Expect fireworks at NTR’s annual meeting

Pageant Holdings to sent a rocket to board over perceived shortcomings

The board of NTR, which is chaired by Tom Roche, has come under pressure to sell its wind assets in the US. Photograph: Matt Kavanagh

The board of NTR, which is chaired by Tom Roche, has come under pressure to sell its wind assets in the US. Photograph: Matt Kavanagh

 

Halloween might still be some weeks away but we can expect fireworks this morning at NTR’s annual meeting in the Conrad Hotel in Dublin as disgruntled shareholders vent their frustrations at the company’s strategy. Pageant Holdings, a Dublin-based family investment house that owns 10 per cent of NTR, is expected to send a rocket to the board over what it believes are shortcomings in its corporate governance and excessive remuneration to executives and directors.

Pageant and One51, which owns 23.5 per cent of NTR, have been agitating for some time for the board of NTR, which is chaired by Tom Roche, to sell its wind assets in the United States and use the proceeds to fund a tender offer for shares that would allow investors to cash out of their positions in what is an unlisted plc.

They have also made it clear to the board that they have no interest in the company’s stated strategy to invest in wind assets in Ireland, Britain or Scandinavia, involving up to €50 million in equity.

Over the past few weeks, Pageant, One51 and Woodford Capital, an investment vehicle controlled by Roche and his family that owns 39 per cent of NTR, have held talks to try to knock out an agreement on these matters. Those talks broke down in July.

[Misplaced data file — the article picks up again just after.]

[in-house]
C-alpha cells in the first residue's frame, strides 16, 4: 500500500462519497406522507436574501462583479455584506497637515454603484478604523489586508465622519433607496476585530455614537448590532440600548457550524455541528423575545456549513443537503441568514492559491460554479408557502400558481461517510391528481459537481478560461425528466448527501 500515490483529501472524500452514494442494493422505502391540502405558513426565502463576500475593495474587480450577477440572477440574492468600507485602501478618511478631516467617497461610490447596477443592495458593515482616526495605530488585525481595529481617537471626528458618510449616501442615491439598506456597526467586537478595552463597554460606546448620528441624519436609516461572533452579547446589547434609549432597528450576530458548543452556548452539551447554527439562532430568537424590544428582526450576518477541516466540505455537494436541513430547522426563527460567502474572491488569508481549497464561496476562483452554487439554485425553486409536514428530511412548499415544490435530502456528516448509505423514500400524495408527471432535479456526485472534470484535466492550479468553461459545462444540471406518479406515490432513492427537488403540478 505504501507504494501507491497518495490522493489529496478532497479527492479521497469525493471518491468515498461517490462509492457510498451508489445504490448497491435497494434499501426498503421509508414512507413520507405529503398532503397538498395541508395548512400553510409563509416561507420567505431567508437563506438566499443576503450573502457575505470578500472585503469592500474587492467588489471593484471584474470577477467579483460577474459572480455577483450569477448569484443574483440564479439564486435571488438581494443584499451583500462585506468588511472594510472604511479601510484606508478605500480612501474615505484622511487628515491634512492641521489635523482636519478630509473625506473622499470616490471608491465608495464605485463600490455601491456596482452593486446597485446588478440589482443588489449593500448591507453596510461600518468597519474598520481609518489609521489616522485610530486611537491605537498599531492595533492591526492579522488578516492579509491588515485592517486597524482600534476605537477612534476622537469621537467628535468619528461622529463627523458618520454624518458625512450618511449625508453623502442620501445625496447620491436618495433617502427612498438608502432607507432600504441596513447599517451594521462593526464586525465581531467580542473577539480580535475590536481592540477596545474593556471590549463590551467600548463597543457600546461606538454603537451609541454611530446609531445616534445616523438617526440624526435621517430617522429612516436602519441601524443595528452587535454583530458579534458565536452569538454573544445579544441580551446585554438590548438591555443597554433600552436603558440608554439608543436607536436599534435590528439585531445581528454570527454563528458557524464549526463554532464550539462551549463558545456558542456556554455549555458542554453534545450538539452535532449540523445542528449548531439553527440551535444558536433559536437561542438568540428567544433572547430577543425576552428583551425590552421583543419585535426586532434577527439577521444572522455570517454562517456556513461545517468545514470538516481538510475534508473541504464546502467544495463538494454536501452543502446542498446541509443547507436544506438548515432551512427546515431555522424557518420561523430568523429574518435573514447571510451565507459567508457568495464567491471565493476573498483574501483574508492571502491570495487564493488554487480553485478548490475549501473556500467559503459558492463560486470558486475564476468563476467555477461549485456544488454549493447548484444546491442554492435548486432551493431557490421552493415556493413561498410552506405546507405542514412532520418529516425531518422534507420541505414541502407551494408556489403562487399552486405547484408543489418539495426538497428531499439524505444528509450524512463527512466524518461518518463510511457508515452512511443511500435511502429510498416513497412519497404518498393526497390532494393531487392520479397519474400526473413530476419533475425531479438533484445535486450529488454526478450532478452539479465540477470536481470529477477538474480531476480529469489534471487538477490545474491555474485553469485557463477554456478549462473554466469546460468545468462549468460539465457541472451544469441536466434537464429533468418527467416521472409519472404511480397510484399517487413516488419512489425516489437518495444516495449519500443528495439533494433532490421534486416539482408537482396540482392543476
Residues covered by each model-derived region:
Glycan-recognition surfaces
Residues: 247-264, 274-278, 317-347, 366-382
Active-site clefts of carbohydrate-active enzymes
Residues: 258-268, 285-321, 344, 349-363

One51 is also expected to air its difficulties with the company’s strategy. Its position is somewhat complicated by the fact that One51’s chief executive Alan Walsh is a member of NTR’s board.

In an added twist, Pageant is a 10 per cent shareholder in One51.

It’s a good old-fashioned corporate row that emerged into the public arena in the past couple of weeks and has many moving parts.

There are nine resolutions on the AGM’s agenda although, remarkably, none of them relate to the proposals that have been worked on by Woodford, One51 and Pageant. It seems highly likely that Pageant will either vote against or abstain on certain resolutions. And it could become a drawn-out affair if, as seems likely, polls are sought by some shareholders. The match is about to be lit. It just remains to be seen what damage is caused when the fireworks go off.

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